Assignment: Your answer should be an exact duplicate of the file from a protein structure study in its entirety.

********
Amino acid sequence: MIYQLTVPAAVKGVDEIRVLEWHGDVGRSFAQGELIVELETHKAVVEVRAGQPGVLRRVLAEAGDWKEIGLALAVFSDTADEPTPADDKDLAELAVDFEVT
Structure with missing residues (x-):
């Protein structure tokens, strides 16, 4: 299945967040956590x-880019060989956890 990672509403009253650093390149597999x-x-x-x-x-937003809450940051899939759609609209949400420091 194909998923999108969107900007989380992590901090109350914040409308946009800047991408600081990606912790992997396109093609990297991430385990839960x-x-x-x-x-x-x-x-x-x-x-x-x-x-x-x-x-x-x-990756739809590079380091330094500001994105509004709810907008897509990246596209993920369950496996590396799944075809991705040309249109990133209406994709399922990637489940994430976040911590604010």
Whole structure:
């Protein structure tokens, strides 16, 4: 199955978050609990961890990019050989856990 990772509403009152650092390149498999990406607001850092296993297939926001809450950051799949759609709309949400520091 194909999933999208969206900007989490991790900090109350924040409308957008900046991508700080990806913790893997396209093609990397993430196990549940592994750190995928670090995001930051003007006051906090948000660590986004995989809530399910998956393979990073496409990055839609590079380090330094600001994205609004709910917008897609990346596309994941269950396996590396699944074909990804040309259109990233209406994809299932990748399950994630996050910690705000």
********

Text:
Amino acid sequence: MIYQLTVPAAVKGVDEIRVLEWHGDVGRSFAQGELIVELETHKAVVEVRAGQPGVLRRVLAEAGDWKEIGLALAVFSDTADEPTPADDKDLAELAVDFEVT
Structure with missing residues (x-):
């Protein structure tokens, strides 16, 4: 299945967040956590x-880019060989956890 990672509403009253650093390149597999x-x-x-x-x-937003809450940051899939759609609209949400420091 194909998923999108969107900007989380992590901090109350914040409308946009800047991408600081990606912790992997396109093609990297991430385990839960x-x-x-x-x-x-x-x-x-x-x-x-x-x-x-x-x-x-x-990756739809590079380091330094500001994105509004709810907008897509990246596209993920369950496996590396799944075809991705040309249109990133209406994709399922990637489940994430976040911590604010």
Whole structure:
């Protein structure tokens, strides 16, 4: 199955978050609990961890990019050989856990 990772509403009152650092390149498999990406607001850092296993297939926001809450950051799949759609709309949400520091 194909999933999208969206900007989490991790900090109350924040409308957008900046991508700080990806913790893997396209093609990397993430196990549940592994750190995928670090995001930051003007006051906090948000660590986004995989809530399910998956393979990073496409990055839609590079380090330094600001994205609004709910917008897609990346596309994941269950396996590396699944074909990804040309259109990233209406994809299932990748399950994630996050910690705000």